Review: Rising Greek producer G.U.S. steps up on Equivalence with some pumped up vintage techno sounds that take more than a few cues from the UK. "Shelf Cloud" strikes a fine balance between tough and dreamy, using a twitchy set of drums moving at a decent pace and flooding them with atmospheric pads and a slice of vocal that forms a central hook to the track. "Halo" goes even deeper into British territory with its chopped up breakbeat funk calling to mind the dexterous sample magic of Stasis, and then "Haze Phenomenon" heads into deep tech house territory riding a pumped up shuffle beat and swooping pads.
Review: "Rituale is a brand new label for 2016 setting off with a beautiful structured EP called (Bury Me Where I Fall) by the talented producer known as G76. This EP is made up with 2 original track's lasting up to a good 16 minuets each. A1 - Youth Riot & B1 - Four For Four. The heart and soul of this EP is represented by the rioting youth struggling for a better future in a society riddled with corruption and selfishness."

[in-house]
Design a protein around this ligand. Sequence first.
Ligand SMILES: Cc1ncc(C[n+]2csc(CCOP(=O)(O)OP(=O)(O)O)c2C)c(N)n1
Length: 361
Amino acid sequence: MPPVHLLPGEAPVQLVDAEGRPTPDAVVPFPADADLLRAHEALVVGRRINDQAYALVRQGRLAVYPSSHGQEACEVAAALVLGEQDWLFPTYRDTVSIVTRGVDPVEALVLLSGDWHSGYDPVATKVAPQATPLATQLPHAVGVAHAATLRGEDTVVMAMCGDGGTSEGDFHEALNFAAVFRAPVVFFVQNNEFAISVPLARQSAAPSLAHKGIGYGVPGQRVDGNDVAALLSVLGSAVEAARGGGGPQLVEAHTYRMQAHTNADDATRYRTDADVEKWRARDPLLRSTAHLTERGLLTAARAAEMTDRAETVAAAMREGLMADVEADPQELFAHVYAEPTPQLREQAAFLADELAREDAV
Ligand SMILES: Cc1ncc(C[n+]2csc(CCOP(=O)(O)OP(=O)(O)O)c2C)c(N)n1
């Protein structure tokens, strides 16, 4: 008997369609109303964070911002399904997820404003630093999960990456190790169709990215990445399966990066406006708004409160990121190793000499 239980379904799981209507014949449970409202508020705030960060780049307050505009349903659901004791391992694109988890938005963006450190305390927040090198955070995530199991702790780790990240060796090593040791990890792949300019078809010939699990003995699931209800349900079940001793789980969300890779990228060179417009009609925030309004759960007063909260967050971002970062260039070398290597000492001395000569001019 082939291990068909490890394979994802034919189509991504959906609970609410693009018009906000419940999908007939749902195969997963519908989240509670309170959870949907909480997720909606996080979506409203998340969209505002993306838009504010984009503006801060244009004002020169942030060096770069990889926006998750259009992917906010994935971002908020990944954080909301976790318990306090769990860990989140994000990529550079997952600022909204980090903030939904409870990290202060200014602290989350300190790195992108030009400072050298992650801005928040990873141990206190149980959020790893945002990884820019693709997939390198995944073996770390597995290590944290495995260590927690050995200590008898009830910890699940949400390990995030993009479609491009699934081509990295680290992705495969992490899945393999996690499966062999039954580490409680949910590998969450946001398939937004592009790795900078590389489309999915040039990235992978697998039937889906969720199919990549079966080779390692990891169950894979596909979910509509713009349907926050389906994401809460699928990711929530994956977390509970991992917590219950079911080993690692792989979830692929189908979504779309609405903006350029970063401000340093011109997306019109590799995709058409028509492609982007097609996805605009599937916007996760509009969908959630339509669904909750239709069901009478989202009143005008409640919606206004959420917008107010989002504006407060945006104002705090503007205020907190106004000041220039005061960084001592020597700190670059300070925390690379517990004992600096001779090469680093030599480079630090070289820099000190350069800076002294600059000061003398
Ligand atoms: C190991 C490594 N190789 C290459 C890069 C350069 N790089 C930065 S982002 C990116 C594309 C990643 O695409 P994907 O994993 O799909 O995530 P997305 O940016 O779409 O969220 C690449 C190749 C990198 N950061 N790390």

Review: After an excellent first release featuring Freerotation lynchpin Steevio, Russ Gabriel's Rivers Of Groove label returns with a pair of excursions into lush, bubbling techno from Gabriel on his own. As a first generation UK techno stalwart, it's little wonder that he can turn out productions as accomplished as these, but there's no sense that he's treading water. "Ambulate" bears the hallmarks of modular production, all twinkling, morphing synth tones chiming around a delicate beat, while "Dover Calling" favours a snappier electro palette, but both stand out from the crowd for the sheer quality in the production, the warmth in the composition and the needlepoint focus given to every shred of detail in this crucial cuts.